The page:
Our Opinion: 2015

Time to buy broken Brazil?

t wasn’t long ago that Brazil was tipped as one of the world’s most promising markets. Now… things are going from bad to worse. A corruption scandal at the National oil company, Petrobas, and a drought are already adding to a lacklustre economic backdrop. The benchmark stock market index has fallen 15% over six months and is approaching a six year low.

Corruption is nothing new but its scale at state-controlled Petrobas – Brazil’s largest company – is breathtaking. Company officials colluded with some of Brazil’s largest construction firms to drive up prices for building work, returning much of the funds to politicians to ensure Government support. Contracts totaling $23bn are being investigated and, so far, 39 people charged for corruption, money laundering and organized crime.

Elaine Cantanhede in the Daily newspaper O Estado Se S. Paulo said recently “Petrobas is at the centre of a gear that moves hundreds of companies… and millions of people. If it chokes, the machines stop.” That is evidenced on the ground now, where Petrobas has cancelled projects, delayed payments and frozen credit.

Meanwhile, the Sao Paulo region – Brazil’s industrial heartland – is in the middle of a fierce drought, with 20 million people and many firms facing water rationing. Whilst there have been a few unusually dry years, deforestation and mismanagement are also to blame. Since most of Brazil’ energy comes from hydro-electric power, shortages are inevitably on the cards which will undermine growth further.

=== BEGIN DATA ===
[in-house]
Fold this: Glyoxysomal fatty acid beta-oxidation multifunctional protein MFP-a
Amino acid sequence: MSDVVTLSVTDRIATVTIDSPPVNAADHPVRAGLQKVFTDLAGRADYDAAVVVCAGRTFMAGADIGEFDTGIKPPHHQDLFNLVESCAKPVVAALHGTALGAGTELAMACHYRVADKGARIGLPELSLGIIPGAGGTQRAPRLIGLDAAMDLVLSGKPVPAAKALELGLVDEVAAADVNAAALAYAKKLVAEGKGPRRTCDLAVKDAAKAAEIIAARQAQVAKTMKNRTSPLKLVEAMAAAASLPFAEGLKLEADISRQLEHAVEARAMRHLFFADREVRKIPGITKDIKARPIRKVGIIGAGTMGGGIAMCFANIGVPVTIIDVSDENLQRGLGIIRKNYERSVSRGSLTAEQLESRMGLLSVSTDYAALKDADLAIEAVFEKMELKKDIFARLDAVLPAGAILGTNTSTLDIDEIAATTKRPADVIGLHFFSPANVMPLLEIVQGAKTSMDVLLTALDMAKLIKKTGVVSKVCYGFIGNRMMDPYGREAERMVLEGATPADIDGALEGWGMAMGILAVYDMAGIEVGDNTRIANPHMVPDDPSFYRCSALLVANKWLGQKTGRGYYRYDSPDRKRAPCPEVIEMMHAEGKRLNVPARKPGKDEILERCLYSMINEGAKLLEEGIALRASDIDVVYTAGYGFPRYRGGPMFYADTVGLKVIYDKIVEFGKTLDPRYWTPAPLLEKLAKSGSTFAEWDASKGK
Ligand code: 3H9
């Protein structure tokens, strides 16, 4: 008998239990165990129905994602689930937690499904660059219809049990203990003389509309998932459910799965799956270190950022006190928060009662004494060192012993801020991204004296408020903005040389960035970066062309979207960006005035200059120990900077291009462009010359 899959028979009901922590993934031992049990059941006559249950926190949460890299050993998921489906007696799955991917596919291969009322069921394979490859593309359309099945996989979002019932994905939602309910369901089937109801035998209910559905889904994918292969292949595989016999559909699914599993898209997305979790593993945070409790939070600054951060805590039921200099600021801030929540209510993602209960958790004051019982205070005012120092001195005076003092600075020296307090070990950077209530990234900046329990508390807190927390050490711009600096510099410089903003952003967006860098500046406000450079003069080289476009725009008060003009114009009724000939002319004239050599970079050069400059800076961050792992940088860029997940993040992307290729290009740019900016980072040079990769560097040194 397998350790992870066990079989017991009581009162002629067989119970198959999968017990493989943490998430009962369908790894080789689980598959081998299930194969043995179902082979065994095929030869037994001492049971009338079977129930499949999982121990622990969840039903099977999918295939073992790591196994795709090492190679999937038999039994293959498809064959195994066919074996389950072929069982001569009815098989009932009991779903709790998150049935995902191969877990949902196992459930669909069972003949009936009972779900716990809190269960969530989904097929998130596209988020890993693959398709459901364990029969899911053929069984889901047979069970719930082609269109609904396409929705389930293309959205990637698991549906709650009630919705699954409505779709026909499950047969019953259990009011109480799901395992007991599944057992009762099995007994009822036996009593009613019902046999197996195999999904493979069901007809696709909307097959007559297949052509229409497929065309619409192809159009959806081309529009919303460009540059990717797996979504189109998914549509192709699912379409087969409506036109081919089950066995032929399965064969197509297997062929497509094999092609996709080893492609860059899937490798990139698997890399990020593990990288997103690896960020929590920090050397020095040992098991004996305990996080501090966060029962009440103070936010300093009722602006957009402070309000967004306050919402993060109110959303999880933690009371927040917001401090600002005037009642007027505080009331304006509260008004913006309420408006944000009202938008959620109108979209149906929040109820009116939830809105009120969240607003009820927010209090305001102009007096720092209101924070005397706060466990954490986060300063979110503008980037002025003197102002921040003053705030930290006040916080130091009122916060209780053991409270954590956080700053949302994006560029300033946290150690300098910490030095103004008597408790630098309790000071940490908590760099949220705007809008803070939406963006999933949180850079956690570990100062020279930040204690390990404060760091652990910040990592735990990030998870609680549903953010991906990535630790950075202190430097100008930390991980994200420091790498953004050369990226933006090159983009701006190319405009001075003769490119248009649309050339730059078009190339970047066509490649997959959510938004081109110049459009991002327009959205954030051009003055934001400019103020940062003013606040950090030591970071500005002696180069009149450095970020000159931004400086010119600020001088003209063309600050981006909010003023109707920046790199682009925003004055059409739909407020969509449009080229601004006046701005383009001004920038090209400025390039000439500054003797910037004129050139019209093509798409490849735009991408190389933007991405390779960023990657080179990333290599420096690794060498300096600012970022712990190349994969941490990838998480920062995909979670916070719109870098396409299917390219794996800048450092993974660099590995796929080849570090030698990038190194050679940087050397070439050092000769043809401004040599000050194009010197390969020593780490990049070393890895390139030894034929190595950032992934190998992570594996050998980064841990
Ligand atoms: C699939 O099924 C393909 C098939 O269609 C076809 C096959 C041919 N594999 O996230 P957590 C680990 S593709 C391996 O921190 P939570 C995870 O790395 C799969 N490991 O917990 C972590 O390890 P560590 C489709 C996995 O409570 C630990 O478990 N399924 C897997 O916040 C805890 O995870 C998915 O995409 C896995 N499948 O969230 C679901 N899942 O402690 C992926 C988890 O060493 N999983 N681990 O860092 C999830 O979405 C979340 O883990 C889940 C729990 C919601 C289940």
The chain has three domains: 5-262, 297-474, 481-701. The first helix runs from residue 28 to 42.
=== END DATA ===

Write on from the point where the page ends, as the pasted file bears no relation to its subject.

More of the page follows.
These two issues point to a possible recession, as the economy was not expected to produce more than marginal growth this year in any case.  The commodities boom has cooled, denting exports and exposing Brazil’s comparatively low level of investment – 18% of GDP compared to an emerging market average of 25%.  Structural problems, such as inflexible labour laws and red tape hamper progress, and the government needs to get a grip on public spending. Corruption is estimated to consume 2.3% GDP per year. Although a tough anti-corruption bill has been passed, it has as not been fully implemented.

It’s hard to imagine things getting much worse and the grim news is reflected in the price of assets. The market is on a cyclically adjusted price/earnings ratio of 10 – making it one of the cheapest markets’ in the world. The currency, the Real, is on a ten-year low against Sterling.

The Discretionary Fund Managers we work with are looking at increasing exposure to Brazil for clients with the right risk profile. Its young population and wide selection of agricultural commodities implies excellent growth prospects if Brazil begins to get its act together.

This implies excellent growth prospects if Brazil begins to get its act together.